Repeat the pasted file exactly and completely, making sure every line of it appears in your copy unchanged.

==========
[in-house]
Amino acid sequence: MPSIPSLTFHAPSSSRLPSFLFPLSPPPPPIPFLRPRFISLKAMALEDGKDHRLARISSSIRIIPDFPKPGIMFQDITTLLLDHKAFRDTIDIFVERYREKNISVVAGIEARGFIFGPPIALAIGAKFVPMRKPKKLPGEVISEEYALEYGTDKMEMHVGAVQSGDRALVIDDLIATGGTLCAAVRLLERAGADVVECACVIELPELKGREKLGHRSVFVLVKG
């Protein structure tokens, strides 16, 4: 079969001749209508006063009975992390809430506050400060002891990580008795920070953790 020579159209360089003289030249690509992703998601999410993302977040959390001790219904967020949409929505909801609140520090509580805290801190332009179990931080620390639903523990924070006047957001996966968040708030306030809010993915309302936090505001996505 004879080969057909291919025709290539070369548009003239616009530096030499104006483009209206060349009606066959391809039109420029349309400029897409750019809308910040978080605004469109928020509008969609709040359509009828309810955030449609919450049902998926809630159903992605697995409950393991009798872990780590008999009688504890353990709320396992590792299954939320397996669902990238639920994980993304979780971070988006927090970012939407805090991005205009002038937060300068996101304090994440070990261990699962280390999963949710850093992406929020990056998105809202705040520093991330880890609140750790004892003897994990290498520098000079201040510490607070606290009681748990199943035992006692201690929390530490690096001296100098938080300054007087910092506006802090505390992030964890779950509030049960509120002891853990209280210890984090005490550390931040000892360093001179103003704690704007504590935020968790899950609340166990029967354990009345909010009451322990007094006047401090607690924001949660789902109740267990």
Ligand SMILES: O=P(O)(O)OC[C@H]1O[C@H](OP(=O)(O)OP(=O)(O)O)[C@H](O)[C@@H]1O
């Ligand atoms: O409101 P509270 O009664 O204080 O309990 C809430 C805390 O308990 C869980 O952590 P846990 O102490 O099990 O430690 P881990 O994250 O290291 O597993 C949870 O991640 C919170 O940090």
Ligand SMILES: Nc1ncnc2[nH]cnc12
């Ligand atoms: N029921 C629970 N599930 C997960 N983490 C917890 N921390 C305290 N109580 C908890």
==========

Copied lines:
[in-house]
Amino acid sequence: MPSIPSLTFHAPSSSRLPSFLFPLSPPPPPIPFLRPRFISLKAMALEDGKDHRLARISSSIRIIPDFPKPGIMFQDITTLLLDHKAFRDTIDIFVERYREKNISVVAGIEARGFIFGPPIALAIGAKFVPMRKPKKLPGEVISEEYALEYGTDKMEMHVGAVQSGDRALVIDDLIATGGTLCAAVRLLERAGADVVECACVIELPELKGREKLGHRSVFVLVKG
């Protein structure tokens, strides 16, 4: 079969001749209508006063009975992390809430506050400060002891990580008795920070953790 020579159209360089003289030249690509992703998601999410993302977040959390001790219904967020949409929505909801609140520090509580805290801190332009179990931080620390639903523990924070006047957001996966968040708030306030809010993915309302936090505001996505 004879080969057909291919025709290539070369548009003239616009530096030499104006483009209206060349009606066959391809039109420029349309400029897409750019809308910040978080605004469109928020509008969609709040359509009828309810955030449609919450049902998926809630159903992605697995409950393991009798872990780590008999009688504890353990709320396992590792299954939320397996669902990238639920994980993304979780971070988006927090970012939407805090991005205009002038937060300068996101304090994440070990261990699962280390999963949710850093992406929020990056998105809202705040520093991330880890609140750790004892003897994990290498520098000079201040510490607070606290009681748990199943035992006692201690929390530490690096001296100098938080300054007087910092506006802090505390992030964890779950509030049960509120002891853990209280210890984090005490550390931040000892360093001179103003704690704007504590935020968790899950609340166990029967354990009345909010009451322990007094006047401090607690924001949660789902109740267990």
Ligand SMILES: O=P(O)(O)OC[C@H]1O[C@H](OP(=O)(O)OP(=O)(O)O)[C@H](O)[C@@H]1O
């Ligand atoms: O409101 P509270 O009664 O204080 O309990 C809430 C805390 O308990 C869980 O952590 P846990 O102490 O099990 O430690 P881990 O994250 O290291 O597993 C949870 O991640 C919170 O940090």
Ligand SMILES: Nc1ncnc2[nH]cnc12
């Ligand atoms: N029921 C629970 N599930 C997960 N983490 C917890 N921390 C305290 N109580 C908890």